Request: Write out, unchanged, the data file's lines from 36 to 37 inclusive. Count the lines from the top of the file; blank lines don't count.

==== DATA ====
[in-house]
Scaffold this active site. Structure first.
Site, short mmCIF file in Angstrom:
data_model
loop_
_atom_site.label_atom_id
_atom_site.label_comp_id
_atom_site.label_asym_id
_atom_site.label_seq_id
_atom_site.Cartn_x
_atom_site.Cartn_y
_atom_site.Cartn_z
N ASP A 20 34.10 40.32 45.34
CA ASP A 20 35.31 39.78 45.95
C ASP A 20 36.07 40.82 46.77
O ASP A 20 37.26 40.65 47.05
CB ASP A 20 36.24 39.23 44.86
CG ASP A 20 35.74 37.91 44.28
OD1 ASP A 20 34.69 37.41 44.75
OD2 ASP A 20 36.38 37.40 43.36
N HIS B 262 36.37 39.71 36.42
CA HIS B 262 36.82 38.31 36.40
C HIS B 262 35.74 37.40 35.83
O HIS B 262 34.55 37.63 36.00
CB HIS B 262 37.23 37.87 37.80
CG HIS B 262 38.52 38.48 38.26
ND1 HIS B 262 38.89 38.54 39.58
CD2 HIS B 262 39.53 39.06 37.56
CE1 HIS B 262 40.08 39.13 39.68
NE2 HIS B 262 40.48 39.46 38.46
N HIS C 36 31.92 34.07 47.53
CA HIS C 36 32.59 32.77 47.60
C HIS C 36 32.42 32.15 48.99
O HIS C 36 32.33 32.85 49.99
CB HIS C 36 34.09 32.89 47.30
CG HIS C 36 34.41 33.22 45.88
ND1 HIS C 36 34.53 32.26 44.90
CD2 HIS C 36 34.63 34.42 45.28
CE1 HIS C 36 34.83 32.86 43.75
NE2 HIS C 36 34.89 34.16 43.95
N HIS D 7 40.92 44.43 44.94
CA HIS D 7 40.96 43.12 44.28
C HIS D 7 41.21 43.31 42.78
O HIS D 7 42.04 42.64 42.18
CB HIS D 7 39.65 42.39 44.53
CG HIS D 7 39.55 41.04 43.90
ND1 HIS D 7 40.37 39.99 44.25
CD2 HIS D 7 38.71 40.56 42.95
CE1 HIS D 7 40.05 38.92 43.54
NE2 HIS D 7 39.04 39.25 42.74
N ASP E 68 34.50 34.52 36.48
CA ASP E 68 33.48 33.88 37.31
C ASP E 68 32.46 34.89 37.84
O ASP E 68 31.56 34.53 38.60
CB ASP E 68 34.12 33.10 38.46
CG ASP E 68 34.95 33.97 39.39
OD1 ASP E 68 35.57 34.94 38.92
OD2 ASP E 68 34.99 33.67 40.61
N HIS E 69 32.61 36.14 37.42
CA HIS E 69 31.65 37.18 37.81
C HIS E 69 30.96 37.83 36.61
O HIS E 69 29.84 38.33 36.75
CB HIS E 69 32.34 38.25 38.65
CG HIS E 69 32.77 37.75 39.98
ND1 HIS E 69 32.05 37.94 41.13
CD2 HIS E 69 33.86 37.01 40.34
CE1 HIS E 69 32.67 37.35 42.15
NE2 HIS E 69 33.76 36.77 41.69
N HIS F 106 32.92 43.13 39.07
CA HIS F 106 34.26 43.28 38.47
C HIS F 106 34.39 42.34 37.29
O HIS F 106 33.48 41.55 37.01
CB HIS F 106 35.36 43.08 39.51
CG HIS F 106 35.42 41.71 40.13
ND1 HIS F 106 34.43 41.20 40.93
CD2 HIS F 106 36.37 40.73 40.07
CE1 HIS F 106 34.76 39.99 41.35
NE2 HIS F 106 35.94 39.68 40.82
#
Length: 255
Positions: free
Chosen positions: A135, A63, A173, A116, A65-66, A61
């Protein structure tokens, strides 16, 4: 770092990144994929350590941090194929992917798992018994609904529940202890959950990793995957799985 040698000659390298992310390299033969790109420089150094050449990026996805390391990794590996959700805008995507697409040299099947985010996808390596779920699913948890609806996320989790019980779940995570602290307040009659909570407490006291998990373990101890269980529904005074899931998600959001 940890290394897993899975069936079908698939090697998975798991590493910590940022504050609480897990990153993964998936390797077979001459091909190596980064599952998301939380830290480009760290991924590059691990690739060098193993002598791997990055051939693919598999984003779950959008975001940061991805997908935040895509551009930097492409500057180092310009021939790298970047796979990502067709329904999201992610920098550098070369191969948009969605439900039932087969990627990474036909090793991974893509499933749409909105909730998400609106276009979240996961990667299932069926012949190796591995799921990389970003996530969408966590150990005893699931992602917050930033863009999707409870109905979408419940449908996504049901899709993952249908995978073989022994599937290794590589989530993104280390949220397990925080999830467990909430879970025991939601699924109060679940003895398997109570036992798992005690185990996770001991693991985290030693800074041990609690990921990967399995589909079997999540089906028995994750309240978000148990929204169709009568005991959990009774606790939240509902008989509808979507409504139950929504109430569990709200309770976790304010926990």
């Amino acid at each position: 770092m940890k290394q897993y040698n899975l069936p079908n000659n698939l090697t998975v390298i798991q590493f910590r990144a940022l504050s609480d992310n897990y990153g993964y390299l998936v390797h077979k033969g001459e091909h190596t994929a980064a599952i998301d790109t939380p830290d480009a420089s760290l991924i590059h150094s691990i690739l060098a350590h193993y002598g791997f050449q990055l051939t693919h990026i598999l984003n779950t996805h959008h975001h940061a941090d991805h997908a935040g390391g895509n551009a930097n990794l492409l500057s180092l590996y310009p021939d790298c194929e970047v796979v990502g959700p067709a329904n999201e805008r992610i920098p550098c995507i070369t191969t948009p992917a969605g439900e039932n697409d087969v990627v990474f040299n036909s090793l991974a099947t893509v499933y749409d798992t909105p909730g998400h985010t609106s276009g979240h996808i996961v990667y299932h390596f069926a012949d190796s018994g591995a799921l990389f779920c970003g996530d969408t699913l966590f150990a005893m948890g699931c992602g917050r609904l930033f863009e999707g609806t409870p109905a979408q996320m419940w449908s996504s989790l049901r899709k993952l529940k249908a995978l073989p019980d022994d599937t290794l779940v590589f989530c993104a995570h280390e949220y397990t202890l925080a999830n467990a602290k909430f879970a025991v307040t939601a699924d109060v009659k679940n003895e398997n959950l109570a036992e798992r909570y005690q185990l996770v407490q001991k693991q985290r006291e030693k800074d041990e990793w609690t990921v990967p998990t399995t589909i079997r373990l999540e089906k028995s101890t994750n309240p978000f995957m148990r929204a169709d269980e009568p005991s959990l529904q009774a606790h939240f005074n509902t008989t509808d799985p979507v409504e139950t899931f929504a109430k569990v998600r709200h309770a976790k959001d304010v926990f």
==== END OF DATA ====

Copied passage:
CG HIS C 36 34.41 33.22 45.88
ND1 HIS C 36 34.53 32.26 44.90